President Donald Trump pledged Wednesday that the Republican tax reform plan would deliver "lower taxes and bigger paychecks" as early as February, provided Trump is able to sign the bill before Christmas.
"I'm excited to announce that if Congress sends me a bill before Christmas, the IRS ... has just confirmed that Americans will see lower taxes and bigger paychecks beginning in February," Trump said, "just two short months from now."
Speaking at the White House, Trump said the deal tentatively reached between House and Senate Republicans would also drive massive economic growth by cutting taxes on corporations and individuals.
Democrats contend the plan does too much to help wealthy individuals and corporations and does not provide enough relief for the middle class.
Calling the current tax code "burdensome, complex and profoundly unfair," Trump said his tax plan would "celebrate" the "forgotten people" and the "deplorables," a reference to a 2016 comment by Trump's Democratic opponent, Hillary Clinton.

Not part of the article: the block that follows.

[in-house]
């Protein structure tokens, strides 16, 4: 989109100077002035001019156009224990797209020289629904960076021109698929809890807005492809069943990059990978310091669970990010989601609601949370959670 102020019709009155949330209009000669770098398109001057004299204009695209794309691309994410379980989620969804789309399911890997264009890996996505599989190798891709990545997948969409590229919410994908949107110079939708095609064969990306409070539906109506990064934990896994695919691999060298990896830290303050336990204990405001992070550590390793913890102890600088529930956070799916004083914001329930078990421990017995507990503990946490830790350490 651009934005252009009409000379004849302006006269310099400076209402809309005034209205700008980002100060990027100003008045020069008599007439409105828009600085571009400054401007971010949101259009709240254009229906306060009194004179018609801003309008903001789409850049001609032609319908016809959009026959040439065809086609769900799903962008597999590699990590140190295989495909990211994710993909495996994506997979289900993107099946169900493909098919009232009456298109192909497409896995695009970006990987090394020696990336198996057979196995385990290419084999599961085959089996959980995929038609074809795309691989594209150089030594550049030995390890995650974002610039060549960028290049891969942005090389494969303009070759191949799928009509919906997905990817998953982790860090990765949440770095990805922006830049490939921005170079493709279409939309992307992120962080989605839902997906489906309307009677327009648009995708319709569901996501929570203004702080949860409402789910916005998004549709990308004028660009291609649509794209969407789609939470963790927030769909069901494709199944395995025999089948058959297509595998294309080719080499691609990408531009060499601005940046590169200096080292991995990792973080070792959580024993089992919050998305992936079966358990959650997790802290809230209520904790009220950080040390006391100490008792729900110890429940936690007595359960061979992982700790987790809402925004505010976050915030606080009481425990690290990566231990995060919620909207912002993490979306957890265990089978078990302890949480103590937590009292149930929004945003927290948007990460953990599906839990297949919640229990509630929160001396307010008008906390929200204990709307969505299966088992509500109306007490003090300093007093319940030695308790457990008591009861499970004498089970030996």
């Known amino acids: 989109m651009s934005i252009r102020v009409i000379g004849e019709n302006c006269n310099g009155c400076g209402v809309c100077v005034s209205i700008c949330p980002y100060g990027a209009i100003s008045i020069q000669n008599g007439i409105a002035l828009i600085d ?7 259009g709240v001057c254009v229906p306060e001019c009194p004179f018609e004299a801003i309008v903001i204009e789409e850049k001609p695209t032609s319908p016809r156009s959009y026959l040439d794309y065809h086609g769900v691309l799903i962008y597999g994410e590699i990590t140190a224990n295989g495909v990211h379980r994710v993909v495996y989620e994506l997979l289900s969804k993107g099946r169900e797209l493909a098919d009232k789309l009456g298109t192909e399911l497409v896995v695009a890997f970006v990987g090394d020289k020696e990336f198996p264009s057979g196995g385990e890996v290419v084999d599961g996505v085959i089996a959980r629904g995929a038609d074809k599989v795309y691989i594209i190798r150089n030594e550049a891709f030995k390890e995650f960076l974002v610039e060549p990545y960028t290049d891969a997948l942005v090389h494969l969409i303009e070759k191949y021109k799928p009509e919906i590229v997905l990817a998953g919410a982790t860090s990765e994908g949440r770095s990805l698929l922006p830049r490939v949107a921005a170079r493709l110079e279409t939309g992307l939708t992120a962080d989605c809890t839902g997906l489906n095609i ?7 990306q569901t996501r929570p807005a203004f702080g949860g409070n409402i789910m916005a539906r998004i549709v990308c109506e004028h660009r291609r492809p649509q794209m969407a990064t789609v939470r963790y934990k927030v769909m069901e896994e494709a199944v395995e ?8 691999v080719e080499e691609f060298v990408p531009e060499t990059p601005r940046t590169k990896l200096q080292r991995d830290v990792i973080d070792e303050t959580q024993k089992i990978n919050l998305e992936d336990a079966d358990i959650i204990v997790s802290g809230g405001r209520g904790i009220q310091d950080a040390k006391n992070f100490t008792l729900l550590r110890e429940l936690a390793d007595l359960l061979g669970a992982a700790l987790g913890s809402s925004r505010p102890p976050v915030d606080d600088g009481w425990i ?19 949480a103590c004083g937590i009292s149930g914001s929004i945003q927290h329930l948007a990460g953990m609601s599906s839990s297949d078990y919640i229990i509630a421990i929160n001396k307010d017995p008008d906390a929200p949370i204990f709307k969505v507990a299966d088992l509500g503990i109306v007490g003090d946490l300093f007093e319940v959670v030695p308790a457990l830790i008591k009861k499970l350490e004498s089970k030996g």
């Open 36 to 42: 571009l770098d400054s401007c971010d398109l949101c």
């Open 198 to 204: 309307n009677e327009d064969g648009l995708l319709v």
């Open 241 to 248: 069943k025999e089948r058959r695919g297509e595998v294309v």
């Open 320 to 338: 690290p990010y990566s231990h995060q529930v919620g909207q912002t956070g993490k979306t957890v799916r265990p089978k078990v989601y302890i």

"As a candidate, I promised we would pass a massive tax cut for the everyday, working Americans who are the backbone and heartbeat of our country," Trump said. "Now, we are just days away from keeping that promise and delivering a truly amazing victory for American families."
The latest proposal in Congress would involve dropping the corporate tax rate to 21 percent, the top individual tax rate to 37 percent and allowing a 20 percent pass-through deduction.
Trump, however, wasn't focused on numbers during his White House remarks. Breaking with his usual speech protocol, the president invited five families to come to the lectern and describe their tax savings, and thank the president for his work on their behalf.
"What this means to us as a family is that we will be able to give away to families in need ... or whatever God has planned," said Emily Howard, a stay-at-home mom from Tenino, Washington. "We are blessed to have such an amazing president, and what a good steward he is of our country," she said.
As Christmas approaches, congressional negotiators are under increasing pressure to deliver a tax reform bill to the president's desk before the end of the year, a deadline that Trump highlighted Wednesday.